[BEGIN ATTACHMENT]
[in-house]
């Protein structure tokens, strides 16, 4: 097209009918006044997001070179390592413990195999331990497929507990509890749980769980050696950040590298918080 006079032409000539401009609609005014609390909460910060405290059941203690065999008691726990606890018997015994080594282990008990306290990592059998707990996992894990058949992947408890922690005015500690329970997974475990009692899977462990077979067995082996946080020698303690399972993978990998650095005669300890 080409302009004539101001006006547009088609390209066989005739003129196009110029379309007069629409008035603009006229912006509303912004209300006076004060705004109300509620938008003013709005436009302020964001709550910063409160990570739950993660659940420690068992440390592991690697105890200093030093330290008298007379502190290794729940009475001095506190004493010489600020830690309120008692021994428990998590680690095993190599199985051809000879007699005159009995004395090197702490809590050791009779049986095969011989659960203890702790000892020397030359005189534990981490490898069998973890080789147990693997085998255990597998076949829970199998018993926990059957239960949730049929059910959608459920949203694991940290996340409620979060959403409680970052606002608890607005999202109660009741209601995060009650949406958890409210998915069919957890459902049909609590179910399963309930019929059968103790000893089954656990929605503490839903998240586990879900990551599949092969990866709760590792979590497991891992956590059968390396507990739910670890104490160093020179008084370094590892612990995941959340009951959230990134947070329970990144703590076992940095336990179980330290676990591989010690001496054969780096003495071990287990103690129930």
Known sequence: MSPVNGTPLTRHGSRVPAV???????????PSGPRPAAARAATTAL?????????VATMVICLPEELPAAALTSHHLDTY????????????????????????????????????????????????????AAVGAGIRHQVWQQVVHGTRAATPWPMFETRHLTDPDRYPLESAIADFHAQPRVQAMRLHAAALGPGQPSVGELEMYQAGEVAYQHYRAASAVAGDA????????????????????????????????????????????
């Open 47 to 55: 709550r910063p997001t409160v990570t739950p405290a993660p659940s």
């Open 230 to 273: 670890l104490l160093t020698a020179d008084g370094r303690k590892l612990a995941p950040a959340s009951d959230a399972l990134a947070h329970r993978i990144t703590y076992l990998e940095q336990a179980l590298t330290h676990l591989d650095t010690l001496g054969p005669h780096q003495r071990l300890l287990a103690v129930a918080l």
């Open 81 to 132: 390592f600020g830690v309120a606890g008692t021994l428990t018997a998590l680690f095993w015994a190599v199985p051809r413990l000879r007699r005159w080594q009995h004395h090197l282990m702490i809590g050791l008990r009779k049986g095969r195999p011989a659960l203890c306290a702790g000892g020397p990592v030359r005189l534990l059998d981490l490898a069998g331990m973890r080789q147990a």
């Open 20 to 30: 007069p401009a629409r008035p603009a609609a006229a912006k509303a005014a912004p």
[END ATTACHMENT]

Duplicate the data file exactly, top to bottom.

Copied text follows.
[in-house]
């Protein structure tokens, strides 16, 4: 097209009918006044997001070179390592413990195999331990497929507990509890749980769980050696950040590298918080 006079032409000539401009609609005014609390909460910060405290059941203690065999008691726990606890018997015994080594282990008990306290990592059998707990996992894990058949992947408890922690005015500690329970997974475990009692899977462990077979067995082996946080020698303690399972993978990998650095005669300890 080409302009004539101001006006547009088609390209066989005739003129196009110029379309007069629409008035603009006229912006509303912004209300006076004060705004109300509620938008003013709005436009302020964001709550910063409160990570739950993660659940420690068992440390592991690697105890200093030093330290008298007379502190290794729940009475001095506190004493010489600020830690309120008692021994428990998590680690095993190599199985051809000879007699005159009995004395090197702490809590050791009779049986095969011989659960203890702790000892020397030359005189534990981490490898069998973890080789147990693997085998255990597998076949829970199998018993926990059957239960949730049929059910959608459920949203694991940290996340409620979060959403409680970052606002608890607005999202109660009741209601995060009650949406958890409210998915069919957890459902049909609590179910399963309930019929059968103790000893089954656990929605503490839903998240586990879900990551599949092969990866709760590792979590497991891992956590059968390396507990739910670890104490160093020179008084370094590892612990995941959340009951959230990134947070329970990144703590076992940095336990179980330290676990591989010690001496054969780096003495071990287990103690129930």
Known sequence: MSPVNGTPLTRHGSRVPAV???????????PSGPRPAAARAATTAL?????????VATMVICLPEELPAAALTSHHLDTY????????????????????????????????????????????????????AAVGAGIRHQVWQQVVHGTRAATPWPMFETRHLTDPDRYPLESAIADFHAQPRVQAMRLHAAALGPGQPSVGELEMYQAGEVAYQHYRAASAVAGDA????????????????????????????????????????????
């Open 47 to 55: 709550r910063p997001t409160v990570t739950p405290a993660p659940s």
């Open 230 to 273: 670890l104490l160093t020698a020179d008084g370094r303690k590892l612990a995941p950040a959340s009951d959230a399972l990134a947070h329970r993978i990144t703590y076992l990998e940095q336990a179980l590298t330290h676990l591989d650095t010690l001496g054969p005669h780096q003495r071990l300890l287990a103690v129930a918080l």
């Open 81 to 132: 390592f600020g830690v309120a606890g008692t021994l428990t018997a998590l680690f095993w015994a190599v199985p051809r413990l000879r007699r005159w080594q009995h004395h090197l282990m702490i809590g050791l008990r009779k049986g095969r195999p011989a659960l203890c306290a702790g000892g020397p990592v030359r005189l534990l059998d981490l490898a069998g331990m973890r080789q147990a």
């Open 20 to 30: 007069p401009a629409r008035p603009a609609a006229a912006k509303a005014a912004p």